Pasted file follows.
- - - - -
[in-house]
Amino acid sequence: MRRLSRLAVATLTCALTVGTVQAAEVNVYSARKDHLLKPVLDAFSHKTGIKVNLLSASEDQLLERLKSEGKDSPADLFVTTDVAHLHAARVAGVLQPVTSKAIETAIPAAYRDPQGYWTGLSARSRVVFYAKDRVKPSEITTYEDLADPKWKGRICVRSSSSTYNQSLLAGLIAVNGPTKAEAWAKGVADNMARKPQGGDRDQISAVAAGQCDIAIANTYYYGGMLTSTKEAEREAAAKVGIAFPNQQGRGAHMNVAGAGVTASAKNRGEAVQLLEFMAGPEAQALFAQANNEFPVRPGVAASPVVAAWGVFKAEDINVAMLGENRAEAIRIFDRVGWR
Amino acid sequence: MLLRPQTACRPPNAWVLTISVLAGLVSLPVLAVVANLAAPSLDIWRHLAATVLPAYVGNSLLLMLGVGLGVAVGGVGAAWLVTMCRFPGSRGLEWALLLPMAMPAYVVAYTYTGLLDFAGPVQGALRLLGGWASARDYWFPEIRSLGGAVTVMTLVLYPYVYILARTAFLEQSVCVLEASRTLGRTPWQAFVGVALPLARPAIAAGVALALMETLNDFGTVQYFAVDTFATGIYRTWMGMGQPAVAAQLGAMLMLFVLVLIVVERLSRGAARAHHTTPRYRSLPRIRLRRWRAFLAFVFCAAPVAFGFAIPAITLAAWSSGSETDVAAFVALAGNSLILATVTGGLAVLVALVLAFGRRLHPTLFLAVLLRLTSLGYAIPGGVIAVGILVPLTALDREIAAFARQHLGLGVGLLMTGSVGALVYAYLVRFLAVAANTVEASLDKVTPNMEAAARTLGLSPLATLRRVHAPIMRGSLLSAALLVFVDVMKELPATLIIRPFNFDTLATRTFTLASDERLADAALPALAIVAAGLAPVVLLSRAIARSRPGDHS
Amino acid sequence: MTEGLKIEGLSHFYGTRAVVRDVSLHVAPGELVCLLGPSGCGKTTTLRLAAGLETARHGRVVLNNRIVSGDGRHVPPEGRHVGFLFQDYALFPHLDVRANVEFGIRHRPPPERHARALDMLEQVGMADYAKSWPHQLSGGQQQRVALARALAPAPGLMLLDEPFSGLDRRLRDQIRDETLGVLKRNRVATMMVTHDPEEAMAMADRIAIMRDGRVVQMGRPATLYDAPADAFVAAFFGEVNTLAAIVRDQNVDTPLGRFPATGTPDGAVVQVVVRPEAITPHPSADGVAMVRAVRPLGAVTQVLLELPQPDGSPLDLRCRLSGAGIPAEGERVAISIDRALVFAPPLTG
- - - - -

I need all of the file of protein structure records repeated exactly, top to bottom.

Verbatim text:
[in-house]
Amino acid sequence: MRRLSRLAVATLTCALTVGTVQAAEVNVYSARKDHLLKPVLDAFSHKTGIKVNLLSASEDQLLERLKSEGKDSPADLFVTTDVAHLHAARVAGVLQPVTSKAIETAIPAAYRDPQGYWTGLSARSRVVFYAKDRVKPSEITTYEDLADPKWKGRICVRSSSSTYNQSLLAGLIAVNGPTKAEAWAKGVADNMARKPQGGDRDQISAVAAGQCDIAIANTYYYGGMLTSTKEAEREAAAKVGIAFPNQQGRGAHMNVAGAGVTASAKNRGEAVQLLEFMAGPEAQALFAQANNEFPVRPGVAASPVVAAWGVFKAEDINVAMLGENRAEAIRIFDRVGWR
Amino acid sequence: MLLRPQTACRPPNAWVLTISVLAGLVSLPVLAVVANLAAPSLDIWRHLAATVLPAYVGNSLLLMLGVGLGVAVGGVGAAWLVTMCRFPGSRGLEWALLLPMAMPAYVVAYTYTGLLDFAGPVQGALRLLGGWASARDYWFPEIRSLGGAVTVMTLVLYPYVYILARTAFLEQSVCVLEASRTLGRTPWQAFVGVALPLARPAIAAGVALALMETLNDFGTVQYFAVDTFATGIYRTWMGMGQPAVAAQLGAMLMLFVLVLIVVERLSRGAARAHHTTPRYRSLPRIRLRRWRAFLAFVFCAAPVAFGFAIPAITLAAWSSGSETDVAAFVALAGNSLILATVTGGLAVLVALVLAFGRRLHPTLFLAVLLRLTSLGYAIPGGVIAVGILVPLTALDREIAAFARQHLGLGVGLLMTGSVGALVYAYLVRFLAVAANTVEASLDKVTPNMEAAARTLGLSPLATLRRVHAPIMRGSLLSAALLVFVDVMKELPATLIIRPFNFDTLATRTFTLASDERLADAALPALAIVAAGLAPVVLLSRAIARSRPGDHS
Amino acid sequence: MTEGLKIEGLSHFYGTRAVVRDVSLHVAPGELVCLLGPSGCGKTTTLRLAAGLETARHGRVVLNNRIVSGDGRHVPPEGRHVGFLFQDYALFPHLDVRANVEFGIRHRPPPERHARALDMLEQVGMADYAKSWPHQLSGGQQQRVALARALAPAPGLMLLDEPFSGLDRRLRDQIRDETLGVLKRNRVATMMVTHDPEEAMAMADRIAIMRDGRVVQMGRPATLYDAPADAFVAAFFGEVNTLAAIVRDQNVDTPLGRFPATGTPDGAVVQVVVRPEAITPHPSADGVAMVRAVRPLGAVTQVLLELPQPDGSPLDLRCRLSGAGIPAEGERVAISIDRALVFAPPLTG